Thursday, January 08, 2009

"Mainstream is hard!" said Ken

The novel I'm working on, Chains, is science fictional in some respects but really mainstream, so I'm dealing more than before with making all the character inner stuff work properly, because that's the main focus. It's so much easier when you can solve a problem by having someone jump into a time machine or spaceship, or have two men burst through the door with guns blazing.

No wonder there are almost no worthwhile mainstream writers. Oops, sorry, that just slipped out.

Anyway, it's fun and fulfilling, and I'm feeling hopeful that this book will be a rip-snorting, bell-ringing, guns-blazing page turner of a, er, serious mainstream exploration of the human condition.


Anonymous said...

what exactly makes something "mainstream"? can't something be non-mainstream and then become mainstream because of popularity?

David said...

I guess that in effect a book is mainstream if the publisher packages it that way and the public accepts it that way. By which I mean that the packaging has none of the images or terminology that identify it as belonging to a genre.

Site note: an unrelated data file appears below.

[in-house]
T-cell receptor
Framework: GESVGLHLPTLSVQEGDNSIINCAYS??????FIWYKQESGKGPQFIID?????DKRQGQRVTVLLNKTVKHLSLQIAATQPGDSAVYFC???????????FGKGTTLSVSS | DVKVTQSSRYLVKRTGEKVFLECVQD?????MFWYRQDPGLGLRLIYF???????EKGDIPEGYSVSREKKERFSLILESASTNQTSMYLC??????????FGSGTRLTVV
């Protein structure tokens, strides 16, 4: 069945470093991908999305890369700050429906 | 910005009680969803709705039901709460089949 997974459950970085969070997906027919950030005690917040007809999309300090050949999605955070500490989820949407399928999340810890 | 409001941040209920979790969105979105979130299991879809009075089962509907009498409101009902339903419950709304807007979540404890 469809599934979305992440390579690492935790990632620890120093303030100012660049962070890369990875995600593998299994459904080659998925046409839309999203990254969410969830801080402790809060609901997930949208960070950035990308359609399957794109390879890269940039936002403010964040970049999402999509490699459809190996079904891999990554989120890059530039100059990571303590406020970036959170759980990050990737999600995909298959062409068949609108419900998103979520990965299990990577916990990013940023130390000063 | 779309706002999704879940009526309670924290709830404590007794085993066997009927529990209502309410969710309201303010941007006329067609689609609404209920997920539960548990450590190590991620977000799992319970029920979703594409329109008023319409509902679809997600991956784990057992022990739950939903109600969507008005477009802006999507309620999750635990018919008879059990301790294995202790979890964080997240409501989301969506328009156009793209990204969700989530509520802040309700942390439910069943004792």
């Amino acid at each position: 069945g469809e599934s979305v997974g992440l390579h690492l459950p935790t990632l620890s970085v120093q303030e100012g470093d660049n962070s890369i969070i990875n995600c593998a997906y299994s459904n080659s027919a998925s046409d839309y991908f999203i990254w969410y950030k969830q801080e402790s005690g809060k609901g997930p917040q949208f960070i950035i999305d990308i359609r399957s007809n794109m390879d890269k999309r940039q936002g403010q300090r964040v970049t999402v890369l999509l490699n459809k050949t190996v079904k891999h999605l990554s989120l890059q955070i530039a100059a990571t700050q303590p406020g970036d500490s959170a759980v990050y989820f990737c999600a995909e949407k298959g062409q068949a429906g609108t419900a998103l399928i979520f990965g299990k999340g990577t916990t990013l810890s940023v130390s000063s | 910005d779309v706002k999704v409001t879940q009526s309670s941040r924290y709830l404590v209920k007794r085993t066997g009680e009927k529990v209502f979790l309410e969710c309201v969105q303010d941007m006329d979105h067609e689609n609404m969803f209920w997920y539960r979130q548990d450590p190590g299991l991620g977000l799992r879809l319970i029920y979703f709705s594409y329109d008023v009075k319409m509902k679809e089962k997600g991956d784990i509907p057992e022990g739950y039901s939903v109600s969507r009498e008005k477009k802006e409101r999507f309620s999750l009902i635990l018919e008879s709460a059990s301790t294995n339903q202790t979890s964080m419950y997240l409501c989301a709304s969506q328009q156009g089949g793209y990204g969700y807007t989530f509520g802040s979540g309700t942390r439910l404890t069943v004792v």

E.g., "A moving story of a love that transcends time" vs "Randy time traveller jumps back to Roman times and has hot sex with Cleopatra of Egypt."

Mainstream is anything that isn't recognizably genre fiction -- science fiction, fantasy, horror, mystery, romance, Western, and any other such category that I've forgotten. It's not a matter of popularity. Dune was immensely popular, but it was still science fiction. It was packaged as sf and aimed at the sf crowd. I think its breakout into popularity with readers who didn't normally read sf surprised the publisher.

Publishers seem to be a bit more open to trying to pitch genre fiction to wider audiences nowadays, at least if they think a particular book has the potential to appeal outside its genre.